Hiring managers look for resumes that are straightforward and easy to read. So don’t use resume formats that are heavy on formatting, fancy fonts and graphics. In fact, such flourishes may work against you by distracting from your skills and experience. Here are some resume tips that give insight into what you should focus on and what things – such as resume keywords – you should include:
Job seekers typically use reverse chronological resumes, which list the most recent jobs first, followed by previous positions. However, if you are a recent graduate or lack extensive work experience, you may want to explore other resume formats. One of the most common is the functional resume. With this format, you begin your resume with a summary of your skills and education and then list your work history.
Some applicants use a combination of the two resume formats, presenting an overview of their most important qualifications and accomplishments along with a shortened work history.
Many employers use resume-filtering software that scans for resume keywords and evaluates how closely resumes match the preferred skills and experience. To minimize the chances of your resume getting filtered out, incorporate terminology and resume keywords from the job posting – if, of course, the terms honestly describe your abilities.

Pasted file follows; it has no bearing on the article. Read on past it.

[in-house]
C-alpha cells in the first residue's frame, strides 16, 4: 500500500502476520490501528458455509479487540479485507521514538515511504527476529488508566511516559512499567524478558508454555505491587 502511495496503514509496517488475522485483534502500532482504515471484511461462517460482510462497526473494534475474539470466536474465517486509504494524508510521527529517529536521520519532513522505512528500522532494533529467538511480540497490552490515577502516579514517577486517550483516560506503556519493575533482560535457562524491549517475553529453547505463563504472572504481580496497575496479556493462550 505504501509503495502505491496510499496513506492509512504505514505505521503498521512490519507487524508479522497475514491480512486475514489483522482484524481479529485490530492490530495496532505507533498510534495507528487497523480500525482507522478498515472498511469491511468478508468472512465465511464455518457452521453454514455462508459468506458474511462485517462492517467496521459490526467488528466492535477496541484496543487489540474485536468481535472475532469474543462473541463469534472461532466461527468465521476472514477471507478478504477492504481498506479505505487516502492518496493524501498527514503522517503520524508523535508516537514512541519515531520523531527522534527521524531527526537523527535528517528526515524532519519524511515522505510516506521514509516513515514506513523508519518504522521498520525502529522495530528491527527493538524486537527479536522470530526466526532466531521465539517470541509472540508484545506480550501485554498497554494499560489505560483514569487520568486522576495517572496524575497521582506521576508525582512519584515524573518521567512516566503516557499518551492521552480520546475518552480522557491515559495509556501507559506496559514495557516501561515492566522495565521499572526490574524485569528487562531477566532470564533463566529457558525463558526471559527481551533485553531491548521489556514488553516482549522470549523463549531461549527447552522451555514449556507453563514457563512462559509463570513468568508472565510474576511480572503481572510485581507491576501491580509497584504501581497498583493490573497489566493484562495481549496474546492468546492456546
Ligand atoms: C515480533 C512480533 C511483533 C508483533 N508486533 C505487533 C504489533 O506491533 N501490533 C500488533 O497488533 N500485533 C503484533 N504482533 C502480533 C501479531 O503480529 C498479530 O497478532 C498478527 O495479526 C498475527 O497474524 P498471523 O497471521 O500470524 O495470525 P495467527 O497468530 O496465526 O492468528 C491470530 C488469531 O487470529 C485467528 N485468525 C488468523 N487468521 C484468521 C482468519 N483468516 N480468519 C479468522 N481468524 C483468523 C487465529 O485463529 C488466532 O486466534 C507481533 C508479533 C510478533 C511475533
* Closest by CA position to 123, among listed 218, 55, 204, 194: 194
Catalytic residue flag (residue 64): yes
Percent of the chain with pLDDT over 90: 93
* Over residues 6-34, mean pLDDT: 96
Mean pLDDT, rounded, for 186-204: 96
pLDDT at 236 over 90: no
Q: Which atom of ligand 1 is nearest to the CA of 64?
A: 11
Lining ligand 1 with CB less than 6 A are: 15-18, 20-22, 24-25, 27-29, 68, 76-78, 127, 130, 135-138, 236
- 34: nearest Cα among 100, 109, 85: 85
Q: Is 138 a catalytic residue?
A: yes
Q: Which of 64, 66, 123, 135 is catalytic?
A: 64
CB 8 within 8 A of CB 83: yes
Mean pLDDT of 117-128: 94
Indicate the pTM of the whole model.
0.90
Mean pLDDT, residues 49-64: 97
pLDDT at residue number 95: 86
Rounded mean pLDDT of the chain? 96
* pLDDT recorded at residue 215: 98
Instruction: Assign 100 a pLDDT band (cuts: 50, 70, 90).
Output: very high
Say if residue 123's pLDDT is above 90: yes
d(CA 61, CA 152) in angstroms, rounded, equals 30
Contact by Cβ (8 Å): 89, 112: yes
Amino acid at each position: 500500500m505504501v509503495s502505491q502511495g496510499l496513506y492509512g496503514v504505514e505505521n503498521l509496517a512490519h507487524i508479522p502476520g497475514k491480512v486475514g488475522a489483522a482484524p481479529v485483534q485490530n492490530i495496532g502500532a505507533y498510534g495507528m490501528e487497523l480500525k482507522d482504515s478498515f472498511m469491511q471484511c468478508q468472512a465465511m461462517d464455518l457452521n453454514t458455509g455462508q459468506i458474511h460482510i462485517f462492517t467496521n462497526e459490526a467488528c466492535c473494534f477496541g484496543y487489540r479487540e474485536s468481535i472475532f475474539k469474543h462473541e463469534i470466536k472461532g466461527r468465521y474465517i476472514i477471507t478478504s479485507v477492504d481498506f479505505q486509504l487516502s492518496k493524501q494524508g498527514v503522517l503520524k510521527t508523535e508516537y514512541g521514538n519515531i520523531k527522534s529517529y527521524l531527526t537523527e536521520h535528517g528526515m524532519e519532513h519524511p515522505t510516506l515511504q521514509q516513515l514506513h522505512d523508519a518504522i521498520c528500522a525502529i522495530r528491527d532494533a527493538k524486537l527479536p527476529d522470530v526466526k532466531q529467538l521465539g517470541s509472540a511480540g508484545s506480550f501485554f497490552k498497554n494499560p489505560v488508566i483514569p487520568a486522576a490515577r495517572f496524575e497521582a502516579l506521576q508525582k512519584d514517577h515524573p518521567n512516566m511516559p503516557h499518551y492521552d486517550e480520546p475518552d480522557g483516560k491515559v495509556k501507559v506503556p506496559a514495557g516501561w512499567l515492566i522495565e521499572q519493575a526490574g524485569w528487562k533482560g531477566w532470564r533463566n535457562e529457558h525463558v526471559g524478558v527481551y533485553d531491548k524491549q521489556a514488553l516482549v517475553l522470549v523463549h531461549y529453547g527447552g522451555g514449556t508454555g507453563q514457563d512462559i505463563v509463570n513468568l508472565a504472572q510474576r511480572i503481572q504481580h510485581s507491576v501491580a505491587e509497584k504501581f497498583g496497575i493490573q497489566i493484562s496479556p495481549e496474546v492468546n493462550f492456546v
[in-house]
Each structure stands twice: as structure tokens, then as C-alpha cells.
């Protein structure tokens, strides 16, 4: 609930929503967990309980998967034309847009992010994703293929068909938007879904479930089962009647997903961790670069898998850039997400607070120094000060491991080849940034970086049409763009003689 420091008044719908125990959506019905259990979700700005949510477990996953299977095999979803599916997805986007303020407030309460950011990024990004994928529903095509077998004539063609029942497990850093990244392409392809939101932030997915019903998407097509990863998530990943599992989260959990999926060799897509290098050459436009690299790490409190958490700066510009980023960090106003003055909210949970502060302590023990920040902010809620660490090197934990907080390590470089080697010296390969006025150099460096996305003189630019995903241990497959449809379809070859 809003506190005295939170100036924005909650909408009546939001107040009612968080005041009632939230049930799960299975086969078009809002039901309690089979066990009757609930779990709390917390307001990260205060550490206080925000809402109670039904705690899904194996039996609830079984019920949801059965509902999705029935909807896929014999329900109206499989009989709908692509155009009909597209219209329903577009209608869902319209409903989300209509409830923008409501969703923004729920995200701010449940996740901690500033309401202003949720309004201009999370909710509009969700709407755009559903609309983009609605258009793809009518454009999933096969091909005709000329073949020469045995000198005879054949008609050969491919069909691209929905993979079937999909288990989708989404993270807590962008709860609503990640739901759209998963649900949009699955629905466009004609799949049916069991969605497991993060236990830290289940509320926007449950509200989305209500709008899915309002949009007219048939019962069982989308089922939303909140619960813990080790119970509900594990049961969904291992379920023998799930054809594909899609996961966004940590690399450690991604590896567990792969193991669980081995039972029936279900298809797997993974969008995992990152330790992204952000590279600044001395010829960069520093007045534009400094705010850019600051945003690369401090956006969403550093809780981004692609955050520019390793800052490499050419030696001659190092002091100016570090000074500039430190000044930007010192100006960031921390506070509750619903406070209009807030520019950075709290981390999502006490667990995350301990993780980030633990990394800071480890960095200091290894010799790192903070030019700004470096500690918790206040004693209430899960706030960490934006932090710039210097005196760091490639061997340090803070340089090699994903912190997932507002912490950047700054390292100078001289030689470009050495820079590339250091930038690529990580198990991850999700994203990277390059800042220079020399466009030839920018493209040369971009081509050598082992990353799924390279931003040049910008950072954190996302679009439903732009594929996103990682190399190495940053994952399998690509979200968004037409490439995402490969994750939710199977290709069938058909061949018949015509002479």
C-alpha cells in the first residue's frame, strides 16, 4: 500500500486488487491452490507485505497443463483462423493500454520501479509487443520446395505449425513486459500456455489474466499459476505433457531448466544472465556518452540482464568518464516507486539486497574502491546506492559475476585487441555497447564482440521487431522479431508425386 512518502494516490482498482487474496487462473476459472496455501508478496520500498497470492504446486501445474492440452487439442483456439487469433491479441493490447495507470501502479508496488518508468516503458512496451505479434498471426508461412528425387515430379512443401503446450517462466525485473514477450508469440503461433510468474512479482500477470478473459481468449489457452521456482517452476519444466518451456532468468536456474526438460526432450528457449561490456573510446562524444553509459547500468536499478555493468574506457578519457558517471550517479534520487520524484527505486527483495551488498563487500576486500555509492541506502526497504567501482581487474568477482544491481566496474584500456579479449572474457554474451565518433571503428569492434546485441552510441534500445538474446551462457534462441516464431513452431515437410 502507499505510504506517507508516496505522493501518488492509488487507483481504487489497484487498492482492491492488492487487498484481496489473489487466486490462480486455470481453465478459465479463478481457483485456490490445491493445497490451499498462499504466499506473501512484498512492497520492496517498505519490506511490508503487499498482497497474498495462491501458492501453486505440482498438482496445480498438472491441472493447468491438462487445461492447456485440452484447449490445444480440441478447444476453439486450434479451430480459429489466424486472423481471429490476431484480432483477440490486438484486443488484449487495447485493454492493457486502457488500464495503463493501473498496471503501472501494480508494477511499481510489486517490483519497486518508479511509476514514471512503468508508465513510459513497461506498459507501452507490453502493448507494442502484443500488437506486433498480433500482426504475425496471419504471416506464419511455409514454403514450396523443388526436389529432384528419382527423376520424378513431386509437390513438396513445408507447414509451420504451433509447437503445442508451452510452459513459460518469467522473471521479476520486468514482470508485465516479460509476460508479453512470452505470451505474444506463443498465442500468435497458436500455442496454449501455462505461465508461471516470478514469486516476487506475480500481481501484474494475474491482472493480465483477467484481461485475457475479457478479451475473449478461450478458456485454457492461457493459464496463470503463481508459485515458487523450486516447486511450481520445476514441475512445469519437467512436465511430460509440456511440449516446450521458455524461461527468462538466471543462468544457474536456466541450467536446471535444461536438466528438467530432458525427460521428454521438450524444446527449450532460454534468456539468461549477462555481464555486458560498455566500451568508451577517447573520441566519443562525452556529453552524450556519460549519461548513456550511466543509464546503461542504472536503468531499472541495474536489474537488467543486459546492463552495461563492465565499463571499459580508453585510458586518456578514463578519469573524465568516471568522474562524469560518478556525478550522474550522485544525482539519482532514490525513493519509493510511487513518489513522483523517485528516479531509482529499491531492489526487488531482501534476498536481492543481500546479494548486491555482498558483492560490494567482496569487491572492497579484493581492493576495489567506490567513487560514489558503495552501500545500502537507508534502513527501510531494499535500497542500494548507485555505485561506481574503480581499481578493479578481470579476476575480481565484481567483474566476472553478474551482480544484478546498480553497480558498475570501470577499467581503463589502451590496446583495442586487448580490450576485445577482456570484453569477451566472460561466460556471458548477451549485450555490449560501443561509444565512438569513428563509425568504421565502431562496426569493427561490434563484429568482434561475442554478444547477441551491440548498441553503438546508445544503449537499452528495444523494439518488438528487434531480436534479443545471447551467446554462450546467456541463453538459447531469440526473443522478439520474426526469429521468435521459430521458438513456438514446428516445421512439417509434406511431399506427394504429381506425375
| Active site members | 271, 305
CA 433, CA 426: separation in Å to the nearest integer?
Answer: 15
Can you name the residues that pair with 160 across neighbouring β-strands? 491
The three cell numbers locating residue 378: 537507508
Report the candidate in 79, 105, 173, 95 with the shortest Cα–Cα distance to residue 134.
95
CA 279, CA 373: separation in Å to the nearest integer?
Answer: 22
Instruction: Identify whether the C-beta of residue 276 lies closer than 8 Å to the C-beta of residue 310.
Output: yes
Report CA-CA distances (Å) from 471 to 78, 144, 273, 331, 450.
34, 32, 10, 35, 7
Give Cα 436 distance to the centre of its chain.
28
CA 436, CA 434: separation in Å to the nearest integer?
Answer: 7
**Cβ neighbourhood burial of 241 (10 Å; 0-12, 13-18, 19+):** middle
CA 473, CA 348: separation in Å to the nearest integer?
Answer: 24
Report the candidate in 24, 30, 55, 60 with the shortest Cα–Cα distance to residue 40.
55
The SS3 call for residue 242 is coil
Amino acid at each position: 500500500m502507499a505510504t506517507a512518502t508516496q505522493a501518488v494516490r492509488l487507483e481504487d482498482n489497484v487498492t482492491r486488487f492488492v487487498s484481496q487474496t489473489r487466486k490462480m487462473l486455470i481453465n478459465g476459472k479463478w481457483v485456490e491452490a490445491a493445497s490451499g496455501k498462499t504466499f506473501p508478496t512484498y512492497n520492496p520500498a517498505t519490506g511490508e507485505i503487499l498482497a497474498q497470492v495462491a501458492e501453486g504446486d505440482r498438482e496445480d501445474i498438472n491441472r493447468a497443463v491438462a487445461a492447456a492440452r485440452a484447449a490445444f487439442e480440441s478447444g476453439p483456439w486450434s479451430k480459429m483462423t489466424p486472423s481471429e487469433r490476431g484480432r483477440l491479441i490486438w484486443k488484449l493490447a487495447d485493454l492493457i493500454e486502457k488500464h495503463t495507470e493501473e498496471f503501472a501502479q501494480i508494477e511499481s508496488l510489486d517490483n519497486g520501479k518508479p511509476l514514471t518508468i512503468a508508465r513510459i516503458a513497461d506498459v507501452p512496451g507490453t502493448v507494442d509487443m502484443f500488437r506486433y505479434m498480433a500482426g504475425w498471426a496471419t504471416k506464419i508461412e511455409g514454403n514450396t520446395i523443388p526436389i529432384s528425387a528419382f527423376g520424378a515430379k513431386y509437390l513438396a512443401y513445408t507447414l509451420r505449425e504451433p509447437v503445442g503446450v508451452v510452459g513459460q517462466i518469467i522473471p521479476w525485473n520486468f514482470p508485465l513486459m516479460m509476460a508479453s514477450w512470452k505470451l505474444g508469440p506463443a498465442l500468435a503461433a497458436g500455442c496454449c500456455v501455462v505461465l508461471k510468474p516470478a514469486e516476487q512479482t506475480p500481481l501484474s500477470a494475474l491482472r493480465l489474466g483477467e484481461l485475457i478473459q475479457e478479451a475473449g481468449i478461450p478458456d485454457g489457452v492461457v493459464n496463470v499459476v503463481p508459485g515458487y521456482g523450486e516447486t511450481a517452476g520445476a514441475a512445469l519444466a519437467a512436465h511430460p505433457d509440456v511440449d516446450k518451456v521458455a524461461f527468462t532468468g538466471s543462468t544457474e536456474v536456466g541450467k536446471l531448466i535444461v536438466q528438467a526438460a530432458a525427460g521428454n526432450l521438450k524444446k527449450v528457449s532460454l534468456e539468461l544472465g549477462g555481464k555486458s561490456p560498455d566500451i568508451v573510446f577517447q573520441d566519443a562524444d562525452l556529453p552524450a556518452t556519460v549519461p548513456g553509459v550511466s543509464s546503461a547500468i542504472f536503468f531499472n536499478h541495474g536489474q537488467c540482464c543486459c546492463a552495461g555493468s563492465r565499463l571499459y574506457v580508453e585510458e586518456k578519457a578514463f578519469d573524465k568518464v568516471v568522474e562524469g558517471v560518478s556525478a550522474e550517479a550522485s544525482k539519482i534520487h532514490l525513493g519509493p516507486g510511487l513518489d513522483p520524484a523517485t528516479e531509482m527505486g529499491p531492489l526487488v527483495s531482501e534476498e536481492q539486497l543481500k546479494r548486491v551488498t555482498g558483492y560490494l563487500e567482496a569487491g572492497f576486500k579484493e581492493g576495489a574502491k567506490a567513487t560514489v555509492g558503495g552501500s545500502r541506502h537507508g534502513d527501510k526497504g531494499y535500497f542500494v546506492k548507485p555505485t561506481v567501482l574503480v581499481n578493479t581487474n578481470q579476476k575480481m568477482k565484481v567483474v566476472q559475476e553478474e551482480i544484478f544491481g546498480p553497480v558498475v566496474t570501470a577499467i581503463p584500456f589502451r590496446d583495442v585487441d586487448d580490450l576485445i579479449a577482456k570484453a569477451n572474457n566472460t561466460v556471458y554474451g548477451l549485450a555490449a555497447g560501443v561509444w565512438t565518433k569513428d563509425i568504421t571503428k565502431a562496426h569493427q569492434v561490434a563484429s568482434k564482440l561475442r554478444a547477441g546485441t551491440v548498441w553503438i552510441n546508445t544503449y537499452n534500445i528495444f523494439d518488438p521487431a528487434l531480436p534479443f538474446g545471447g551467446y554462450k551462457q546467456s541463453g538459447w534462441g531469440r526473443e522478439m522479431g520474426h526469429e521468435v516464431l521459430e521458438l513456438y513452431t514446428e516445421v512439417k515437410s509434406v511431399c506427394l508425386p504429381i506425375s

How long should your resume be? Senior executives interviewed for a survey commissioned by our company expressed a greater receptiveness to two–page resumes for staff positions. While most (52 percent) still preferred a one–page resume, a full 44 percent gave the nod to two-page documents.
This is a substantial change from the same poll conducted a decade ago. At that time, 73 percent of employers favored a single page. Executives’ growing acceptance of longer resumes suggests that, although conciseness remains paramount, hiring managers also want to receive enough information to make good assessments of candidates’ qualifications.
The best rule of thumb is to allow the breadth and depth of your experience to dictate resume length. On the other hand, don’t make your resume longer than necessary simply to appear more experienced. Hiring managers can easily spot filler. Before putting anything on your resume, ask, “Does this add value to my candidacy?” If it doesn’t, eliminate the information or recast it in more meaningful terms.